Of course, any TV program with enough hype around it can get a large audience to watch if a new episode drops – whether online or terrestrial. A study by electronics company Epson has also shown that more than half of UK parents surveyed view TV as a social activity that "can help bring families closer together".

But to make contact on a larger scale, the commentary is already winning during real-time video ' s. With Twitch streams, Facebook Live video ' s and YouTube radio stations, users can leave comments and responses to what they watch, which means viewers can participate together rather than a mere lonely experience.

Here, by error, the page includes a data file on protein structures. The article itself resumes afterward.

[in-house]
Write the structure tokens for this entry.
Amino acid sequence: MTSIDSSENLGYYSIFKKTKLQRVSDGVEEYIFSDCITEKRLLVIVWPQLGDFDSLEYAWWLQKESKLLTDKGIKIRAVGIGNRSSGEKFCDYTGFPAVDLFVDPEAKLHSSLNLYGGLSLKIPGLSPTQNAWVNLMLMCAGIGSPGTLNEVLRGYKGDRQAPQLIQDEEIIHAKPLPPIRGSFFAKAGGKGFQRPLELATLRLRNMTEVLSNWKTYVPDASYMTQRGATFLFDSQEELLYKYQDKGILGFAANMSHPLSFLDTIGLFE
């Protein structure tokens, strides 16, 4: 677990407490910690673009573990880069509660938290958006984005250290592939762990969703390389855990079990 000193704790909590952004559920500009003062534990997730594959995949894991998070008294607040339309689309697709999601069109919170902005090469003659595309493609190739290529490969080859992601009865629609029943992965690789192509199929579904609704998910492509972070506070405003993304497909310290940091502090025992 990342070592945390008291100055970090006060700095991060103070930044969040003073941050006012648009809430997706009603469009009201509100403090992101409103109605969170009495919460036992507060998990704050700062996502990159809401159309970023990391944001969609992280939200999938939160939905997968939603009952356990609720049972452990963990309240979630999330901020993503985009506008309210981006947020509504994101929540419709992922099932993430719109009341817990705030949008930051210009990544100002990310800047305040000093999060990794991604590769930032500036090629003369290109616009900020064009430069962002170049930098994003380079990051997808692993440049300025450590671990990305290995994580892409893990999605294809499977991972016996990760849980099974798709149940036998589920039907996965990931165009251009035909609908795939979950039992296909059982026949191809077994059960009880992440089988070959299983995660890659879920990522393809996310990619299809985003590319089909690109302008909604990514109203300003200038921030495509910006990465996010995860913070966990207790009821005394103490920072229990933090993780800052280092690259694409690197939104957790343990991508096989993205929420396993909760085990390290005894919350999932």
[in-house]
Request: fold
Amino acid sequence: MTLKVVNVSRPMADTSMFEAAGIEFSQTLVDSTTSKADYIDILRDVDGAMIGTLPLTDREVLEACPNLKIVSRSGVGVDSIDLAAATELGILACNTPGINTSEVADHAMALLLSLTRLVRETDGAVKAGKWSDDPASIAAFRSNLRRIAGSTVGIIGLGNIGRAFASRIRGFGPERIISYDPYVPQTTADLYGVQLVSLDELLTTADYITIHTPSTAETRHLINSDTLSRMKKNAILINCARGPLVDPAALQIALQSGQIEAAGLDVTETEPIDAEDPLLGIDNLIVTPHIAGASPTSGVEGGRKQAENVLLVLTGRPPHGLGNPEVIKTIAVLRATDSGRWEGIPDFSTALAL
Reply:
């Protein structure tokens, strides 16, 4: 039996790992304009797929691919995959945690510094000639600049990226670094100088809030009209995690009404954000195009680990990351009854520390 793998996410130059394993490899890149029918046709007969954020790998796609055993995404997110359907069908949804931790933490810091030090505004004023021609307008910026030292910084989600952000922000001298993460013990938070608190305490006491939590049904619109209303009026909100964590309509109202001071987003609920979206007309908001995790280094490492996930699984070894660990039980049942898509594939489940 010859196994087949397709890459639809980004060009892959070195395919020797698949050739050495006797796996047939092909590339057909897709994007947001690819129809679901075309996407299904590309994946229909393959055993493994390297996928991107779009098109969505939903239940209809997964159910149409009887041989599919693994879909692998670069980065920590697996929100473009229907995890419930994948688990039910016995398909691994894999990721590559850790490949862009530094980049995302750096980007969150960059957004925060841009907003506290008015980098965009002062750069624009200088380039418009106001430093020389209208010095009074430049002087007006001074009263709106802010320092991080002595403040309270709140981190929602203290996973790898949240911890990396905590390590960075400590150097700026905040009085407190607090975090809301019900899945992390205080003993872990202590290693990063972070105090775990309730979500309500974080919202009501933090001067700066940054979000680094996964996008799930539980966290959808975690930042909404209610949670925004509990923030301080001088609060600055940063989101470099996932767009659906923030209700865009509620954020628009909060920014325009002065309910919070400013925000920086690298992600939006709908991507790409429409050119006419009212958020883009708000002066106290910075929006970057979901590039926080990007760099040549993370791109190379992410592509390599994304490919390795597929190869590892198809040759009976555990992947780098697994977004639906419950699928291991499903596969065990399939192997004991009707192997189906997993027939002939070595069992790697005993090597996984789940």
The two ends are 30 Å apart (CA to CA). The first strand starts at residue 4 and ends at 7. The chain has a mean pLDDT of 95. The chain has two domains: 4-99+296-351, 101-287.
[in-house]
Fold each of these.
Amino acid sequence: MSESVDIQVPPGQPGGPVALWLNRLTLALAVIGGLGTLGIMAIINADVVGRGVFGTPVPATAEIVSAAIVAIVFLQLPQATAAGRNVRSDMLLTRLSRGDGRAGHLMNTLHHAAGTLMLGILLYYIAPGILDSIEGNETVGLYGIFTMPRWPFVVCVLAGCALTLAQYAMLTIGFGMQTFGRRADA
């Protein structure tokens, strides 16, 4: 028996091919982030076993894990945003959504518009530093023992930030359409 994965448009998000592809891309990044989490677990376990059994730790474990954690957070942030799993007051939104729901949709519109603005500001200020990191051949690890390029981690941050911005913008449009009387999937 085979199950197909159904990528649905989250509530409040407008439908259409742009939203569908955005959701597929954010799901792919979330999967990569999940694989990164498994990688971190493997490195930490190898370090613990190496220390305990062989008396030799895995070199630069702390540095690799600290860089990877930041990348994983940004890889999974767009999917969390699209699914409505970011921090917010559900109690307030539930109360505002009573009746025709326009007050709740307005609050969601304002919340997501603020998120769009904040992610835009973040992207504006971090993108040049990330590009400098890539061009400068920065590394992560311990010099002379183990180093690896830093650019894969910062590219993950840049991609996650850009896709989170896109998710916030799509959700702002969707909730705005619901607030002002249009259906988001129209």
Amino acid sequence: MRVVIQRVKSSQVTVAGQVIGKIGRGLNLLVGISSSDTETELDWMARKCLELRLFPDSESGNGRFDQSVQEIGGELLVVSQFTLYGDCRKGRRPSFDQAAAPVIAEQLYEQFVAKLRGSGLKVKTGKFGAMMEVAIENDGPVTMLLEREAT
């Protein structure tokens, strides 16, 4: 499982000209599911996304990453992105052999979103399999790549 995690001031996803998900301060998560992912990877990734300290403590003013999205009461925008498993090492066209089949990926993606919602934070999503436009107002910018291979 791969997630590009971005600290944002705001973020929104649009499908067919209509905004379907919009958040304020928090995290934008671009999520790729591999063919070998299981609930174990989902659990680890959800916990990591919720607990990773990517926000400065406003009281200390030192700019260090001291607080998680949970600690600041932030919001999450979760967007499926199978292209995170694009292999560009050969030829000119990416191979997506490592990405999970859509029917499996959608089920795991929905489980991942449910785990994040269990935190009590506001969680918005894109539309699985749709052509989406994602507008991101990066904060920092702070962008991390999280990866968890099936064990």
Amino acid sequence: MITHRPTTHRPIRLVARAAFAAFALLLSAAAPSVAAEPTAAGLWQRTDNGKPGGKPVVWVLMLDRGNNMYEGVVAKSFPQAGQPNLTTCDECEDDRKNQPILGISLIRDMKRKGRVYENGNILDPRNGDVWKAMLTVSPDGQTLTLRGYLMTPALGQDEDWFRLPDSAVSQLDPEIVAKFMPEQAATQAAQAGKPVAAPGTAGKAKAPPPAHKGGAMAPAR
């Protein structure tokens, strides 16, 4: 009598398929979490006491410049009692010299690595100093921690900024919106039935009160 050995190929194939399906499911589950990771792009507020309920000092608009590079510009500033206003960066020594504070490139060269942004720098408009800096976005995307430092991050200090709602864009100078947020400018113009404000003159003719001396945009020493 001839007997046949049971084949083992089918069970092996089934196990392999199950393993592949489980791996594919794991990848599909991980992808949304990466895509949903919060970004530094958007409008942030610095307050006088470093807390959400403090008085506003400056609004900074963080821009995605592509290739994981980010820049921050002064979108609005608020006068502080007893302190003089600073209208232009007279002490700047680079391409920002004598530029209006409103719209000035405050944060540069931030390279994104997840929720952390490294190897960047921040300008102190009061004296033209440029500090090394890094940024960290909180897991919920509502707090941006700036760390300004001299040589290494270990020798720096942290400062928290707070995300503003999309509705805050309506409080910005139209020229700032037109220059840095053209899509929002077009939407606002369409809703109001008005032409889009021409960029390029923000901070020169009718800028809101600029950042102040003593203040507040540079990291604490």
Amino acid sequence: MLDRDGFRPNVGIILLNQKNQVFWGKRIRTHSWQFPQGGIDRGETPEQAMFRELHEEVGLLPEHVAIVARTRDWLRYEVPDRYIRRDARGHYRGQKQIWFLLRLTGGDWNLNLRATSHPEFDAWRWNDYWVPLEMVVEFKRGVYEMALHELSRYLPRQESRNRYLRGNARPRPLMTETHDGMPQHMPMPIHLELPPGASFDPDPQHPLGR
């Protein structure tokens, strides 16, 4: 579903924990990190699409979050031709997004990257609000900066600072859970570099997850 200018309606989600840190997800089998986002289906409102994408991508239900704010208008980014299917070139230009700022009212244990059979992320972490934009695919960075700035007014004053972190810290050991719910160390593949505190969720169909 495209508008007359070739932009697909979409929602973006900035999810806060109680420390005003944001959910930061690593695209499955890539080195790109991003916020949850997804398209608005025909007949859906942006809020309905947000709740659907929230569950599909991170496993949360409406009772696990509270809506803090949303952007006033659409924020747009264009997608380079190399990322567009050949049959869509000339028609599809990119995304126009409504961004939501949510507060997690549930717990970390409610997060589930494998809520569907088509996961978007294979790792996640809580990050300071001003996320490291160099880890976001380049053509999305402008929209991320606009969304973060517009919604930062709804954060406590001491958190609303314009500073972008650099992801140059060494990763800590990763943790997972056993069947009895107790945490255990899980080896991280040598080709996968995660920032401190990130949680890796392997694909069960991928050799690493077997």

Twitch has popularized live streams, with viewers responding collectively to feeds.

It is a common phenomenon in China – where online video ' s often a stream of so-called ' bullet comments ' , named after the fast-moving projectiles that dominate the screens of Space Invaders-style arcade cabinets. These bullets are placed over the image itself, rather than below or next to it, with typed thoughts, responses, emoji ' s and exclamations from the different audience members who all merge with the visual information that takes place on the screen (via LogicMag / @ xuhulk).

As if someone's texting in the cinema wasn't bad enough, you'd think – but it appeals to a broader trend of a generation that grew up on social media and understandably has a purpose for those social functions in all types of content.